Creu Prydain Decach
21 April 2010
With the sudden death of David Morris on Sunday 18 April 2010 we have lost a hero of the movement for equality and human rights. As disabled people of course we shy away from the language of ‘heroes’, conjuring as it does the image of the ‘brave cripple’ achieving triumph over adversity – and David would have had no truck with that. But we need to reclaim ‘heroism’ to describe Dave’s incredible contributions to independent living, human rights and the disability movement. David helped shape the independent living movement in the 1980s and planned accessibility and inclusion for ‘the largest gathering of disabled people in one city, on the planet, in history’ as he put it when talking of London 2012.
When he spoke at an All Party Parliamentary Disability Group about how he could not move from one London Borough to another for fear of losing his essential social care package, noting wryly that his human rights were being sacrificed on the altar of local discretion, he voiced an absurdity in such a way as to be unanswerable. If the Mayor’s senior disability advisor (as he then was) could not move house without fear, then it was surely only a matter of time before Government agreed there should be ‘portability of social care’ – a policy move which did come and for which Dave personally deserves much credit.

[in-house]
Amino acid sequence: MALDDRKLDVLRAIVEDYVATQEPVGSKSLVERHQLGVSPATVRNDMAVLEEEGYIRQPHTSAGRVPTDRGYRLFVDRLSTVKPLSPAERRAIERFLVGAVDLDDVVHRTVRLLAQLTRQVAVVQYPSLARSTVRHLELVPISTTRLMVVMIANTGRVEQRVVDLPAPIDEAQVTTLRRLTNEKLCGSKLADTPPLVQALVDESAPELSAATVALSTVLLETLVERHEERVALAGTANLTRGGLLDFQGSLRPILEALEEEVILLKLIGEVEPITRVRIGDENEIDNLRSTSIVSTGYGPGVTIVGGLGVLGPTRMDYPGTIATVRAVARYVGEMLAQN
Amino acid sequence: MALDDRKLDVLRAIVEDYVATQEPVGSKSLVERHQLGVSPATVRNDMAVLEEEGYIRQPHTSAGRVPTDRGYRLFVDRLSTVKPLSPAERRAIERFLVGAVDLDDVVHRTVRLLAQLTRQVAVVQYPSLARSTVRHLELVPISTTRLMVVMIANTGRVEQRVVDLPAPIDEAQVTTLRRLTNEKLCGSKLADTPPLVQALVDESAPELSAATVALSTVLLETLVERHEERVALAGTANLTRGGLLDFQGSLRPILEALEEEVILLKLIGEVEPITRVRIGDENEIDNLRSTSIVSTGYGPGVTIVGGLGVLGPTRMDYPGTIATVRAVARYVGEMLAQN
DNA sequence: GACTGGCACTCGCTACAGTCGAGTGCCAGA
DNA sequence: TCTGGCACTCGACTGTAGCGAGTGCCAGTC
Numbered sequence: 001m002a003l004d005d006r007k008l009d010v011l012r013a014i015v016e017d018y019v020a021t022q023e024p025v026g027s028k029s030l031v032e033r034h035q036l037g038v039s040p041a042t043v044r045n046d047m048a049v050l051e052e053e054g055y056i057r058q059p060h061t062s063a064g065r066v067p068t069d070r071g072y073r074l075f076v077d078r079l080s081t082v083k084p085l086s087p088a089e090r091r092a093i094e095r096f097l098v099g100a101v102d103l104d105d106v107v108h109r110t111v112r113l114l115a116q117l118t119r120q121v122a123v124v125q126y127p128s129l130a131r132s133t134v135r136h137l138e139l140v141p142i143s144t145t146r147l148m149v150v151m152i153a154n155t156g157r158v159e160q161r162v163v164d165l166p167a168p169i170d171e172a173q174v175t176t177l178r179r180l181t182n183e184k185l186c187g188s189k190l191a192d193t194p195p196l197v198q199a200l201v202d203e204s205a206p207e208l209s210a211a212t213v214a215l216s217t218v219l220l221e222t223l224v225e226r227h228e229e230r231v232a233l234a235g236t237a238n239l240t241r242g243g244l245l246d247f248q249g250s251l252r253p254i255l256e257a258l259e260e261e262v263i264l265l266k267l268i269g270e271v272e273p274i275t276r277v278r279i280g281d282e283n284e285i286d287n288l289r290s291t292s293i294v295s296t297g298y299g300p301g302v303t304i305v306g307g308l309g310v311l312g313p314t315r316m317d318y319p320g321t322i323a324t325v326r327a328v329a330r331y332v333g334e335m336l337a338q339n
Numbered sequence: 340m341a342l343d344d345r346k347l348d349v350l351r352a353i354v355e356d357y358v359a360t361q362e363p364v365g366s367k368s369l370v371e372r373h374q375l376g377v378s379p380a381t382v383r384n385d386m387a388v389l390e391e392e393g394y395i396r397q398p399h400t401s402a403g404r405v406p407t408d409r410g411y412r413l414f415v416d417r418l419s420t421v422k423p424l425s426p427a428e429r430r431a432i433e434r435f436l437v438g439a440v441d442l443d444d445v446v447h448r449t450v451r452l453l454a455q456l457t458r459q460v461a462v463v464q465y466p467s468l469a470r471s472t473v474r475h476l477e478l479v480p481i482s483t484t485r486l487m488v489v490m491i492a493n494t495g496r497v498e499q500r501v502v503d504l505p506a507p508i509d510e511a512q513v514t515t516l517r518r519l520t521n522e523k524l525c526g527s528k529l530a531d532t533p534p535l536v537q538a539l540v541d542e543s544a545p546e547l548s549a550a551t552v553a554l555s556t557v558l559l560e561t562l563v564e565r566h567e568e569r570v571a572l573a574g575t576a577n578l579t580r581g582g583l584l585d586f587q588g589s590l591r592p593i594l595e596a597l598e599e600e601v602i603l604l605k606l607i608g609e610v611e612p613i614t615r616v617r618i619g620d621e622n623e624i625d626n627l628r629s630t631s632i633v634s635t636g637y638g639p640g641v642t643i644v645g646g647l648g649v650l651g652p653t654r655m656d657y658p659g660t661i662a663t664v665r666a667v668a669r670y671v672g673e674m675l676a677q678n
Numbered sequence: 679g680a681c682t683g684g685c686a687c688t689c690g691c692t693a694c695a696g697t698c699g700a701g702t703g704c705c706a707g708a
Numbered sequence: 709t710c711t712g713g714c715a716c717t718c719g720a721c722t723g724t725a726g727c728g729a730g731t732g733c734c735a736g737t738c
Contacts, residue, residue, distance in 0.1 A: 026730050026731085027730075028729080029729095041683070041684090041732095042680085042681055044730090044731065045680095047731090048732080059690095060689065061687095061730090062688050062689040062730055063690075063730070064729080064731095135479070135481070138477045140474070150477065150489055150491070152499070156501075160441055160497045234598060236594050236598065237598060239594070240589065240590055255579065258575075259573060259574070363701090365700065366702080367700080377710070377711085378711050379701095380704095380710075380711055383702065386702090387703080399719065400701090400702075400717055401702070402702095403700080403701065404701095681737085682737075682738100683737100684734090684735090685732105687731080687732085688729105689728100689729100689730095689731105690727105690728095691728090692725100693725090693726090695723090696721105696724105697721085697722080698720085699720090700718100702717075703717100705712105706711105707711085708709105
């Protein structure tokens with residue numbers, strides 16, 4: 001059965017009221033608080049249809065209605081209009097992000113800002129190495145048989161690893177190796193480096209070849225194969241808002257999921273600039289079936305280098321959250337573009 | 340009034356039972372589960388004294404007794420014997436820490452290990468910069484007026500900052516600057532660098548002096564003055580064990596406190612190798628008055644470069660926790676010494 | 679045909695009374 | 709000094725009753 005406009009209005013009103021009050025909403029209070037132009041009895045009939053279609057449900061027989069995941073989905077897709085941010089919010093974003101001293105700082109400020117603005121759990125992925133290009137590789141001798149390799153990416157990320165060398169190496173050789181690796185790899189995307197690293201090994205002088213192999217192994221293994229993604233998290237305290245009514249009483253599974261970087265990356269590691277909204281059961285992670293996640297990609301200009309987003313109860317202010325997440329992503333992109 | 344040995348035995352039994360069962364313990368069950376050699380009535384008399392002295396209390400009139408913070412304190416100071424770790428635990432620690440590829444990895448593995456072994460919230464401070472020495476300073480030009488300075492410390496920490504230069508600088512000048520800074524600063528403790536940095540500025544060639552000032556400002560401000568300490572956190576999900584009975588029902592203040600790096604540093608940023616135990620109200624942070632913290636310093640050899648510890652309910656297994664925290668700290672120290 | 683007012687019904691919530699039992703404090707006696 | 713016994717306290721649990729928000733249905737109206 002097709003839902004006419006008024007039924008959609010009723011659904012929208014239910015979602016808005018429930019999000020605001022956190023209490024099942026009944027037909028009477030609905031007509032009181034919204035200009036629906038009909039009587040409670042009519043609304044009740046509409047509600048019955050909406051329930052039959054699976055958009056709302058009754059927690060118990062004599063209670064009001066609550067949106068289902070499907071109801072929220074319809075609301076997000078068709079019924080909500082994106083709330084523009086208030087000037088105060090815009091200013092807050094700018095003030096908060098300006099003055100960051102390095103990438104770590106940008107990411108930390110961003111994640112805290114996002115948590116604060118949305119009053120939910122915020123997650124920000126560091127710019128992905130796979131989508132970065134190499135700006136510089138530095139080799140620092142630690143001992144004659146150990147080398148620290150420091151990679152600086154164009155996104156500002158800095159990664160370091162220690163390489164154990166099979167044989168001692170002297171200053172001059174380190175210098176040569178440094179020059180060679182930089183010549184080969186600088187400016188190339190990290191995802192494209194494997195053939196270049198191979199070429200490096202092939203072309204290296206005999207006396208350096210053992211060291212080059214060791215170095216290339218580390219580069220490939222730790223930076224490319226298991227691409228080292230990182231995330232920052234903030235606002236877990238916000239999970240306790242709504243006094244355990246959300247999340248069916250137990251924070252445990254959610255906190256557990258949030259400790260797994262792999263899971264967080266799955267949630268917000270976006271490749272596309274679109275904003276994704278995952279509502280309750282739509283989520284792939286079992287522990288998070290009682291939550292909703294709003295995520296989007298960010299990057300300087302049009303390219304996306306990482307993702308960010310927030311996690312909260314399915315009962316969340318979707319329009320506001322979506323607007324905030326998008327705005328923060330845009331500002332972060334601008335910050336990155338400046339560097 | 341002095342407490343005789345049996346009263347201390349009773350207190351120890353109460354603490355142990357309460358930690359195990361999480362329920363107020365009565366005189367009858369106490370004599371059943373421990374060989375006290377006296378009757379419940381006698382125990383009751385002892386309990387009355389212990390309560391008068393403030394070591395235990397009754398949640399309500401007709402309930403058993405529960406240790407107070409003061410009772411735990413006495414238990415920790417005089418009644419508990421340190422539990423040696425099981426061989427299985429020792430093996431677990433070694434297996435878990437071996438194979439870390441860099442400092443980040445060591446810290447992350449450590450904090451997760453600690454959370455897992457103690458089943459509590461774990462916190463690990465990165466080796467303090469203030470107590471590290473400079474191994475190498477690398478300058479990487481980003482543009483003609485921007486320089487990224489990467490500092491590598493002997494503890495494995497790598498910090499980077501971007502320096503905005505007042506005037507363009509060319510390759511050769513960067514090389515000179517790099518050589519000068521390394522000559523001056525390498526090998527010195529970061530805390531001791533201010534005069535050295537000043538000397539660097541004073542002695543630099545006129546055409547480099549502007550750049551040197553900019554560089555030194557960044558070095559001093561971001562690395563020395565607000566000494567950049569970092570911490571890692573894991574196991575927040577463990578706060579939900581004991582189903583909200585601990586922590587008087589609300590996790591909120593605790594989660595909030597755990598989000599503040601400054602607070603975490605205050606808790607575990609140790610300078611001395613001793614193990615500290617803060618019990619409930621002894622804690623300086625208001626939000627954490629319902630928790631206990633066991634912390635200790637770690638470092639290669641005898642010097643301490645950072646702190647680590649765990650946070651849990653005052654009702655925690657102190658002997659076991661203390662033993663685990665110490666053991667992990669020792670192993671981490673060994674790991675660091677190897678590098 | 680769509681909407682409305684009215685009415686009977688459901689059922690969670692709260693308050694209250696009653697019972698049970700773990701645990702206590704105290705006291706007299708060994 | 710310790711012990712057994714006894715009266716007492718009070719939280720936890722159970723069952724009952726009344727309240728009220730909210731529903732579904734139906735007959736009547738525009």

He spoke out quietly and powerfully on the equal value of disabled and non-disabled people’s lives and the risk that legalising assisted suicide would re-enforce unequal value. He challenged disabled people too, to be more serious in addressing accessibility for people with neuro-diverse and mental health conditions. He had the courage to press for change, the thoughtfulness to do so effectively, the humour to engage people positively. David was astute, reflective, humane – and also hugely supportive to many friends and colleagues who will miss his intelligence and his spark.
We are the poorer for his passing – but so much the richer for his contributions to equality and human rights in this country.
Commission's Disability Committee